Senate Committee OKs Gun Background-Check Bill
The Senate Judiciary Committee today passed a universal gun background-check bill on a strictly party-line vote: 10 to 8.
The committee also voted for a bill that would enhance school-safety initiatives with bipartisan support in a 14-4 vote. Sens. Ted Cruz, R-Texas, Lindsey Graham, R-S.C., Chuck Grassley, R-Iowa, and Orrin Hatch, R-Utah, were the Republicans voting to pass the bill. The committee will finish its consideration of the assault-weapons ban Thursday.
No Republicans voted in favor of the background check bill, which faced a snag last week after Republicans backed off negotiations with the bill's sponsor, Sen. Chuck Schumer, D-N.Y.
Sen. Tom Coburn, R-Okla., was initially in talks with Schumer about the bill but ended his conversations with the New York senator last week. Sens. Mark Kirk, R-Ill., and Joe Manchin, D-W.V., also said they could not support the bill as it's written. The bill will now head to the Senate floor with language that might not pass.
Schumer told the committee that he is open to negotiations with senators to amend the bill before it receives a final vote.
"I've been talking and am continuing to talk with colleagues across the political spectrum and across the aisle about a compromise approach and I remain optimistic that we'll be able to roll one out. But we're not 100 percent there yet," Schumer said in the committee meeting today.
Current legislation only requires background checks to be performed when guns are purchased by licensed dealers. Schumer's bill would expand the requirement of background checks to private sales between individuals.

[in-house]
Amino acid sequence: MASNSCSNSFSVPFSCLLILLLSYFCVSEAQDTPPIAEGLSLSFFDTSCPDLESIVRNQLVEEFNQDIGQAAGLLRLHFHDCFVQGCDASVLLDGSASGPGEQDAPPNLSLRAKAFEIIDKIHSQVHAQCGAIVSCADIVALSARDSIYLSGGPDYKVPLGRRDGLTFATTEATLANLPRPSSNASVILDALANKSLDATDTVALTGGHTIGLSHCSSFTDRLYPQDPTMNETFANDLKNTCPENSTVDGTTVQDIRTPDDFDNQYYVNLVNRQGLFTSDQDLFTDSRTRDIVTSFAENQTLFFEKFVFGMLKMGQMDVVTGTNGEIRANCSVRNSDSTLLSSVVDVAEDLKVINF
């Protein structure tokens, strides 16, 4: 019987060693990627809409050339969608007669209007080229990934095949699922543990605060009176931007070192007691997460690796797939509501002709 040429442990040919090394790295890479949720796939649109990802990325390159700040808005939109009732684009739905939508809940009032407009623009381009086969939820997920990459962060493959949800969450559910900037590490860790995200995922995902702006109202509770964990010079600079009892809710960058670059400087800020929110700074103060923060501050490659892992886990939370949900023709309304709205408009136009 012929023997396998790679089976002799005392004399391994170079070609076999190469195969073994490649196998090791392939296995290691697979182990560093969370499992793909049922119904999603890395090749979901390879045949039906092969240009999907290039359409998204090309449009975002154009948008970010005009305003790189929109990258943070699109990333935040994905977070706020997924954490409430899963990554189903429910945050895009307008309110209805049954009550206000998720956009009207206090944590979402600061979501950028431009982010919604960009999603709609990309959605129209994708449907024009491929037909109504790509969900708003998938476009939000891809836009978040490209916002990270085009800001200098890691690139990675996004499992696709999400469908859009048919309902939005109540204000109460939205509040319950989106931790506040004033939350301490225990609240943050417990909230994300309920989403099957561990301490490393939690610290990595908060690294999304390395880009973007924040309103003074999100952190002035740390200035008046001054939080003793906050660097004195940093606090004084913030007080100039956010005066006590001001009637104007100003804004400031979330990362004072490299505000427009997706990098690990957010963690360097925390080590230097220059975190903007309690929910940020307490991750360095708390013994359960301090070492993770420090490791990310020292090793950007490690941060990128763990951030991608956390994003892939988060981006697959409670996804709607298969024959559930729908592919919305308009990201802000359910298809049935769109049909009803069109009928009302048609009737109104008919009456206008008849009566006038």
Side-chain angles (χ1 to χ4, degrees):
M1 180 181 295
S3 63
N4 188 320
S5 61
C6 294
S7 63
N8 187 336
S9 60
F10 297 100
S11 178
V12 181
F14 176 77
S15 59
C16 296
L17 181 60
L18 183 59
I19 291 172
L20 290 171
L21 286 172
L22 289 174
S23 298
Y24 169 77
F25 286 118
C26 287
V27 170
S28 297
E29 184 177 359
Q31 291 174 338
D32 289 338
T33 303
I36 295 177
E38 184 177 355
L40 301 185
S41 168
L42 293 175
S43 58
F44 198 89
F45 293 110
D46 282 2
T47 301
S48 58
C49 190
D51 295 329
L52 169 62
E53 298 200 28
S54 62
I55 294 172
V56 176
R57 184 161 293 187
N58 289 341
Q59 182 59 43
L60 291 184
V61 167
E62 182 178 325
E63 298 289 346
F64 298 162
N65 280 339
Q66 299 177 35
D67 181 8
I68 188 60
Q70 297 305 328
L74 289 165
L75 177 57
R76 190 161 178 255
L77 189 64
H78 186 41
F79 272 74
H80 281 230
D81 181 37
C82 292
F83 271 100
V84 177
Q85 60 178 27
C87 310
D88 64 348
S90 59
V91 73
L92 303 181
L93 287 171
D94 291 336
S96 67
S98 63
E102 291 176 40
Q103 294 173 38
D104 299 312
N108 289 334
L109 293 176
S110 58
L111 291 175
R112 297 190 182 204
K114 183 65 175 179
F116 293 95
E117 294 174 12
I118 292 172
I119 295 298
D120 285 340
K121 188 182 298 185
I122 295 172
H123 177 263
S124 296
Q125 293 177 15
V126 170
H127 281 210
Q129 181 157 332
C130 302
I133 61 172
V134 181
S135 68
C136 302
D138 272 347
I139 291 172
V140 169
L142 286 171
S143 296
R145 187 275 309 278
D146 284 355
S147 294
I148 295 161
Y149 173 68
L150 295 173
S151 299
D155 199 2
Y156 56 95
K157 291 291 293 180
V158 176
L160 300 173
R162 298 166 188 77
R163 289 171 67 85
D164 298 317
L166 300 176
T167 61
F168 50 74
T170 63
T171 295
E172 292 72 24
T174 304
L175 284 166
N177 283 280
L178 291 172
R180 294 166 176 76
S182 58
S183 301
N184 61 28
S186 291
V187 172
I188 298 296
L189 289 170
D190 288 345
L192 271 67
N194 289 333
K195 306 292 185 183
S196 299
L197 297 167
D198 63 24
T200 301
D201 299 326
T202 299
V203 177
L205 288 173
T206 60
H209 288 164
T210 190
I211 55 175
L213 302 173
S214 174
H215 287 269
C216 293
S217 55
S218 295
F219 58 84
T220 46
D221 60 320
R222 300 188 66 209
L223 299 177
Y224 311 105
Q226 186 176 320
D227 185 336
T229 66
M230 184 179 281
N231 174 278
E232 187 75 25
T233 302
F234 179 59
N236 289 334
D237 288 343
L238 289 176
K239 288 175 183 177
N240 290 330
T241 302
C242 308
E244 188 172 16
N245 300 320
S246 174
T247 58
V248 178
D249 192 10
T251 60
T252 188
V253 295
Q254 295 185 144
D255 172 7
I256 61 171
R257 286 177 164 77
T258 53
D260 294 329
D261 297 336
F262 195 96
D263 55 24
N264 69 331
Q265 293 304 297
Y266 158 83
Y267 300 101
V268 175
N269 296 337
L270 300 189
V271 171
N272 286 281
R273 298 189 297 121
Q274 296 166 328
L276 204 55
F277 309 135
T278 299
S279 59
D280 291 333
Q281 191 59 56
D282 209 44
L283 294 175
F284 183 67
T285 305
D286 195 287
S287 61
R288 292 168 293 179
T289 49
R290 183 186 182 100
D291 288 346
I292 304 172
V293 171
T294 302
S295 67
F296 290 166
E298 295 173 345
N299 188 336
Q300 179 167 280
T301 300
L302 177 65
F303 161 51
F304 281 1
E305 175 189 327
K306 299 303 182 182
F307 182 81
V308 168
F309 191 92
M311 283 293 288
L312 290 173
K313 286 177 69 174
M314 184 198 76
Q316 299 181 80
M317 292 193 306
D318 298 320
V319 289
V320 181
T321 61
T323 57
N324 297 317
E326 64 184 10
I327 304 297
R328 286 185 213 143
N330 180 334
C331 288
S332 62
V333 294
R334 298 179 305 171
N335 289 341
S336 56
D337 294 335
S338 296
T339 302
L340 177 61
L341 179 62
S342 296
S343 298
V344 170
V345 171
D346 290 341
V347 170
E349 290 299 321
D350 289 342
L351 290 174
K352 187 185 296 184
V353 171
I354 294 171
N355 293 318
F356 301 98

Republicans have voiced concern about the bill leading to national registration and confiscation and infringing upon the rights of lawful gun owners.
"This bill would unnecessarily burden private sales," Grassley, the committee's ranking member, said. "I think it has unintended consequence. Obviously, criminals still get guns. They obtain them because they do not comply with background checks.
"The bill greatly restricts the right of law-abiding citizens," he added.
Schumer said, "It's sad. Right after Newtown, there was a view that maybe the right place that we could all come together on was background checks because background checks, unlike some of the other proposals here, which I support, do not interfere with the law-abiding citizens' right to bear arms.
"The argument that my colleagues make that, 'Well, they'll still be people who will get around the law,' that's true. This isn't going to be a perfect bill but it will sure reduce crimes."
A new ABC News-Washington Post poll released today showed that 91 percent of the public supports a universal background-check bill.
The Senate Judiciary Committee passed a bill last week that makes "straw" purchases illegal, the first gun measure since the December shooting deaths at Sandy Hook Elementary in Connecticut.